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Hello. This is Inflation Calling…

hello inflation is calling

Reopening the conversation with old prospects

“Hey. Remember that time when we met and talked about a reverse mortgage 3 years ago and you said no? Do you want to talk again?”


That approach would be somewhat believable if it were from a Saturday Night Live skit. No reverse mortgage professional with a functioning cerebral cortex would ever utter such words. However, it’s easy to find oneself saying something that while less abrasive, pretty much reflects the same sentiment- ‘You said no and I can still help you!’.


While you typically ‘think in reverse’ 16 hours each day your previous potential borrowers do not. Count yourself fortunate if they even remember your name for the handful of you reading who kept in touch with newsletters, birthday cards, or phone calls- congratulations.


Our once-normal lives are much more expensive thanks to the aftereffects of the massive economic stimulus and money printing in the wake of the COVID-19 pandemic. Today many older homeowners could find themself facing a financial thanks to record-high gas prices and stubborn inflation for food, services, and durable goods. Would these unfortunate economic conditions cause them to think of you first, pick up the phone, and spill out their problems? In rare instances yes, but not likely.


Action is what’s required. And this is where a better approach gets you in front of an informed, motivated, and qualified prospective borrower. Here’s one example.


“Hello, Mrs. Hayes. This is Shannon. We met in August 2019 Yes, before the coronavirus. How are you? The reason for my call was to check in and see if anything has changed for you since we last spoke.” If you took good notes briefly mention any important facts they shared during your first meeting.


After that, it’s your turn to actively listen and take notes.


They may say ‘not much’ or ‘nothing’ in reply to your query. They may explain that they’re concerned they’ll run out of money due to inflation. Regardless, here are four suggested conversation starters.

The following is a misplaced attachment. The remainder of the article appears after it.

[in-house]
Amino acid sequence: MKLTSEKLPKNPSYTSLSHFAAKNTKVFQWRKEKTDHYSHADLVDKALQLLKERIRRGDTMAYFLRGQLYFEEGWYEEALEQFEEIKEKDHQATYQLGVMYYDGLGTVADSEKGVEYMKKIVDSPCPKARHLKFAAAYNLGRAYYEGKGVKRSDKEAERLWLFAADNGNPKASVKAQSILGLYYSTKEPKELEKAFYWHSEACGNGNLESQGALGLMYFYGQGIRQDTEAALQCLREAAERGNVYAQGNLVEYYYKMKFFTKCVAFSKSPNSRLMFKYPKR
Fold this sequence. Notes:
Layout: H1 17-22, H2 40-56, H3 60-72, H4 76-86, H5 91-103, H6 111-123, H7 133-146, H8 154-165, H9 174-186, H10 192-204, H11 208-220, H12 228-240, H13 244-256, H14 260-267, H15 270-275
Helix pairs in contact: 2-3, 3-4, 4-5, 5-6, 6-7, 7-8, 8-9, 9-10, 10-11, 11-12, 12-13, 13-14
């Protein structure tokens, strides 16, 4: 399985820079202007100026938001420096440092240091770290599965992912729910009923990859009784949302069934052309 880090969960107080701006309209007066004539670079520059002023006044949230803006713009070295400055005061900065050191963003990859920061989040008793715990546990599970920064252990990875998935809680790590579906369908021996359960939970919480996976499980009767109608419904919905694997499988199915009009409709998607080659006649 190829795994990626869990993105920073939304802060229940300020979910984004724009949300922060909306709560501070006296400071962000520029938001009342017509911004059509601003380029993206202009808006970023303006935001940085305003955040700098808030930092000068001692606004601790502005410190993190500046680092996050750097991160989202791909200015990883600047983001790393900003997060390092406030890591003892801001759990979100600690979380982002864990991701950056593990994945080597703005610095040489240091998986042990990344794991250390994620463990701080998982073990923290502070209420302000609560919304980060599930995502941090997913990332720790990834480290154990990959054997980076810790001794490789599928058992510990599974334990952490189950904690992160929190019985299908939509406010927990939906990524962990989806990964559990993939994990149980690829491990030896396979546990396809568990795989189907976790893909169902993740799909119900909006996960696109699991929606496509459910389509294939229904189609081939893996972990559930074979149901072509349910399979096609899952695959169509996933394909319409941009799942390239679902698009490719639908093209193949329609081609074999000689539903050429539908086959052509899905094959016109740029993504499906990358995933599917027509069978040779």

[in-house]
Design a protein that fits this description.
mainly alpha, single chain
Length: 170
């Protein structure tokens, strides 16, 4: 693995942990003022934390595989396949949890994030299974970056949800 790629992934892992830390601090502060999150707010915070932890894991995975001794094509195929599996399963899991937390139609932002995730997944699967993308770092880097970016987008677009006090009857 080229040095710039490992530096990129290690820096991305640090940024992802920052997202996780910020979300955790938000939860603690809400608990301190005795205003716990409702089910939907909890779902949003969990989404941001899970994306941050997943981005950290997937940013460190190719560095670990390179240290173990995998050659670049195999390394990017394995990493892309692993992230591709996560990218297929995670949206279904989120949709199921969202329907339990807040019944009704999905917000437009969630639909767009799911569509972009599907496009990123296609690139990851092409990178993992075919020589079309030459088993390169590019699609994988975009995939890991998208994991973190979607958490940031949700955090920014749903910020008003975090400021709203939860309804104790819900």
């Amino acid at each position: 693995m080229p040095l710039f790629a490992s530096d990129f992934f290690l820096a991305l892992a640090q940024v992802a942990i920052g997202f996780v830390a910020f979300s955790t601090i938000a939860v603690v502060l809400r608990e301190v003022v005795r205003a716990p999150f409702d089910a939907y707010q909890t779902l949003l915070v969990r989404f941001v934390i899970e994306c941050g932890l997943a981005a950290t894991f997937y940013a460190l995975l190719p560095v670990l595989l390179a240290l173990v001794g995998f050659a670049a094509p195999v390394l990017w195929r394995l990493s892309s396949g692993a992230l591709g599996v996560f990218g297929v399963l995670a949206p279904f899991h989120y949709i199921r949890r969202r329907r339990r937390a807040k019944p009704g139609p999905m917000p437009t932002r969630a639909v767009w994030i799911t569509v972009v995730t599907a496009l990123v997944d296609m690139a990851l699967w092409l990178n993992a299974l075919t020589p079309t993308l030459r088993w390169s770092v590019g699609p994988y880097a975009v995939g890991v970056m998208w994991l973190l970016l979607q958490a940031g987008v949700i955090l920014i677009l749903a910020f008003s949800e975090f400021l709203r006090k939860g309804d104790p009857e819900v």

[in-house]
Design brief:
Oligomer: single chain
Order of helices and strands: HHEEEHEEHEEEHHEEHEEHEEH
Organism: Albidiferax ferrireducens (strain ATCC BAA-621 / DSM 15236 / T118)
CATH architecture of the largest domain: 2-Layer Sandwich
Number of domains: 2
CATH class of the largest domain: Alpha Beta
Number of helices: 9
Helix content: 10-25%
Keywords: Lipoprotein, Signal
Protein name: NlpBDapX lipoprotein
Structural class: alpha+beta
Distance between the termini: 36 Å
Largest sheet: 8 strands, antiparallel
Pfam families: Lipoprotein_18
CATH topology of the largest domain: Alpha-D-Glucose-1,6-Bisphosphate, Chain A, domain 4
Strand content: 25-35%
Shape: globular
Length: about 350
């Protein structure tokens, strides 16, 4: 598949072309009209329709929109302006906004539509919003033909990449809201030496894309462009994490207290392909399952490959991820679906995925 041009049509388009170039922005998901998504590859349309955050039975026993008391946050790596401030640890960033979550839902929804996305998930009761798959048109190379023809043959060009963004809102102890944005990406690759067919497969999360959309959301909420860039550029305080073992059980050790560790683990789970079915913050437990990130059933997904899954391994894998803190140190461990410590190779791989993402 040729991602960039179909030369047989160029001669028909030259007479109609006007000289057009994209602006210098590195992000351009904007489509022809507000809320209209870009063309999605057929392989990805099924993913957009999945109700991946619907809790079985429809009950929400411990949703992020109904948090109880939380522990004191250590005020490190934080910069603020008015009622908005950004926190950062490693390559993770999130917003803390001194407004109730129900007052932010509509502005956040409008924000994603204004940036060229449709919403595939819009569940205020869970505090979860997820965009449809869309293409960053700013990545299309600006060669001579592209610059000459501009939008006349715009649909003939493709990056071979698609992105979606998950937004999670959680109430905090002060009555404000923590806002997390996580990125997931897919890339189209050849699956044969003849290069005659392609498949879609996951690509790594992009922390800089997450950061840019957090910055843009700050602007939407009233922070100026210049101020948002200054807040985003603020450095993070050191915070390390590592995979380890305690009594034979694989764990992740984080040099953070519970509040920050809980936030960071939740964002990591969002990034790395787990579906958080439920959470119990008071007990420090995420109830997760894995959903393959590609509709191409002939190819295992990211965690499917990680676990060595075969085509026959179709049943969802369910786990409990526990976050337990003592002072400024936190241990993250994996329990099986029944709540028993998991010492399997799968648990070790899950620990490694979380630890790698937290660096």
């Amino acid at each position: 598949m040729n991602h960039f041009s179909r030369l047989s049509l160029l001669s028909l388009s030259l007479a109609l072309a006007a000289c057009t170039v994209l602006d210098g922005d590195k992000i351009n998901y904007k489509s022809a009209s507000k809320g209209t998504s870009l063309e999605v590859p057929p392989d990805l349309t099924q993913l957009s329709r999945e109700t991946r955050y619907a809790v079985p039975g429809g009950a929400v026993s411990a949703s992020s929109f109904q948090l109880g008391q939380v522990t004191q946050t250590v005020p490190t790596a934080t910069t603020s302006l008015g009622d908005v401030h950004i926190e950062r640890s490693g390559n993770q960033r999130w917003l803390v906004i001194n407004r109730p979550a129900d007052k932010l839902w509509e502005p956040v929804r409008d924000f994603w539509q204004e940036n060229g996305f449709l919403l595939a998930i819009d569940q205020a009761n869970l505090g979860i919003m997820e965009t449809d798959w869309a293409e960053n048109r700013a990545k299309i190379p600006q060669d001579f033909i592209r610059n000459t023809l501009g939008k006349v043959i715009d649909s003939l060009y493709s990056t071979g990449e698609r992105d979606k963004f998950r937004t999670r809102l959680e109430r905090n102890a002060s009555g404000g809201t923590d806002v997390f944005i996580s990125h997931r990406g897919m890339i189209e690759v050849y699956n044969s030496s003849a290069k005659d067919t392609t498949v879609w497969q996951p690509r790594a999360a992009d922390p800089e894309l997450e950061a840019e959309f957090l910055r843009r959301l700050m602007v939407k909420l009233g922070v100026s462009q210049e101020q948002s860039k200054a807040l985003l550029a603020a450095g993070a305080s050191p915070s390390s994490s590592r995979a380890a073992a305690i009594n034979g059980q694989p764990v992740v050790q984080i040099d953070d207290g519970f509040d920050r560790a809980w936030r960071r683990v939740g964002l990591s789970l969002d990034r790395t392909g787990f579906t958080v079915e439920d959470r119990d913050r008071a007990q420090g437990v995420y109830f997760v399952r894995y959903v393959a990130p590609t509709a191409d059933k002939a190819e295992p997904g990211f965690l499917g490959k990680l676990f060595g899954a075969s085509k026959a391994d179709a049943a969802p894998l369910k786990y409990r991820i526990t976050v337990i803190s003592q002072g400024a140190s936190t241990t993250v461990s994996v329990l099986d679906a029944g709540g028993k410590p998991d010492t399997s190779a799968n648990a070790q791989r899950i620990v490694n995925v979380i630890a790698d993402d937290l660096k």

First, interest rates are higher than they were a few years ago but we have no idea if or when they’ll go back down in the coming years.


Second,home values are likely still at their peak which increases their ultimate cash benefit. Hundreds of local market housing prices are still 30-40% above their pre-pandemic levels 


Third, ask how they feel about their accumulated home equity. Do they consider it to be safe? In an ideal world, what would they like to do with the equity that’s grown over the years?


Fourth, if they’re getting squeezed by inflation ask how they’ll generate the additional cash flow needed to absorb higher prices. 


You may have noticed that this ‘check-in’ call allows you to ask open-ended questions and listen to learn what financial pressures they face. Keep it casual and empathetic. Your two goals are to actively listen and then schedule a follow-up meeting (in-person or remote) to explore a reverse mortgage when suitable.




Leave a Comment


  1. FHA/HUD changed the LTV making it harder.to get a reverse mortgage.

    • Which instance are you referring to? In the last five years, HUD/FHA has not lowered HECM PLFs (I guess that is what you mean by LTVs). Yet that is not all they did. HUD also lowered the floor for the expected rate used in determining PLFs from 5% to 3% which further eroded a higher PLF structure. (Since you do not mention the MIP structure that was changed at the same time as the PLFs and the expected rate floor, I do not address it either although perhaps it should be.)

      While HUD/FHA HECM PLF changes directly impact HECMs, they may or may not indirectly impact either proprietary or single purpose reverse mortgages as well, but HECM PLF changes have never impacted either of the other two types of reverse mortgages DIRECTLY.

      The important point is that HUD alone is not responsible for our loss in reverse mortgage originations. There is a lot of valid reasons for this loss such as marketing that misleads, noncompliant sales (pushy) tactics, industry generated myths, and a general failure on almost everyone’s part to quickly reemphasize first time HECM borrowers (rather than trying to get existing borrowers to refi) in the face of rising indexed ten year and annual CMTs. The amount of wasted time and dollars in marketing to existing borrowers in the face of rising indices was astounding.

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